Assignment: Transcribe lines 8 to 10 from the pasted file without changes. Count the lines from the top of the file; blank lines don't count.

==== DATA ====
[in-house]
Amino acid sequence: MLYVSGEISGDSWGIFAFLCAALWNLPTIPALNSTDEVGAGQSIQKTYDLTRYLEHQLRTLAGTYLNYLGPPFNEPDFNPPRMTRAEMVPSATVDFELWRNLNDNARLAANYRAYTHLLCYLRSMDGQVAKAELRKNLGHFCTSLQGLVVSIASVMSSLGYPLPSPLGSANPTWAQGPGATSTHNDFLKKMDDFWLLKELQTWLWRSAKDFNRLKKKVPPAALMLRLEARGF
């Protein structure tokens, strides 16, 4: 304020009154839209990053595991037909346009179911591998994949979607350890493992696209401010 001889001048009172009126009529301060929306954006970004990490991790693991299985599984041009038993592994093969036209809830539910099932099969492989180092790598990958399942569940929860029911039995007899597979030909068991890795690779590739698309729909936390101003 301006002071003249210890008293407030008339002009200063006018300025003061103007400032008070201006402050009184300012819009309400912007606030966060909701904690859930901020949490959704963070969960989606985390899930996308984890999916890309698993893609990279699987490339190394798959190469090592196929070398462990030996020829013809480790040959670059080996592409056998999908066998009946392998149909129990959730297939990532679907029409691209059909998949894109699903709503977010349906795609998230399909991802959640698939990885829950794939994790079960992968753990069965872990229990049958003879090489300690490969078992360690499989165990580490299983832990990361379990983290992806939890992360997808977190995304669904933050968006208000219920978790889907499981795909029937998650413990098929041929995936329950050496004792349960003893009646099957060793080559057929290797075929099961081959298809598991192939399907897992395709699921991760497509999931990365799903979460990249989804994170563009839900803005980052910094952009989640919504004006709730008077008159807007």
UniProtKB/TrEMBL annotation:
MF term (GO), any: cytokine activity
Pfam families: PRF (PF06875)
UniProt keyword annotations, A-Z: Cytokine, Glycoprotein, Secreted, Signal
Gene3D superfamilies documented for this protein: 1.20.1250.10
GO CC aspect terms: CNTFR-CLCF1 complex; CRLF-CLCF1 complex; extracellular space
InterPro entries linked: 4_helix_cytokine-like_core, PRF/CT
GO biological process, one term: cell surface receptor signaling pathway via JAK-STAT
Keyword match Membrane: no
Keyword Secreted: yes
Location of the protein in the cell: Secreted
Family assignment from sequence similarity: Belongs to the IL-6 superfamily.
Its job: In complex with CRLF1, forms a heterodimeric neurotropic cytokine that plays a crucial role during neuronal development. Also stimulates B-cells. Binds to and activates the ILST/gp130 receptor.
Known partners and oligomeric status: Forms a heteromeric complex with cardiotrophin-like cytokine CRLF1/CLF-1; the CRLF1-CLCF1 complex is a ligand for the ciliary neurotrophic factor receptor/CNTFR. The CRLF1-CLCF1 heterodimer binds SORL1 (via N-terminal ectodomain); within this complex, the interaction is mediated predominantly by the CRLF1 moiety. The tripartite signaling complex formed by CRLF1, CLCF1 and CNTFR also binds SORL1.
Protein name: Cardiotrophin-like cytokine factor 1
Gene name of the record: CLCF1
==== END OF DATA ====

Gene3D superfamilies documented for this protein: 1.20.1250.10
GO CC aspect terms: CNTFR-CLCF1 complex; CRLF-CLCF1 complex; extracellular space
InterPro entries linked: 4_helix_cytokine-like_core, PRF/CT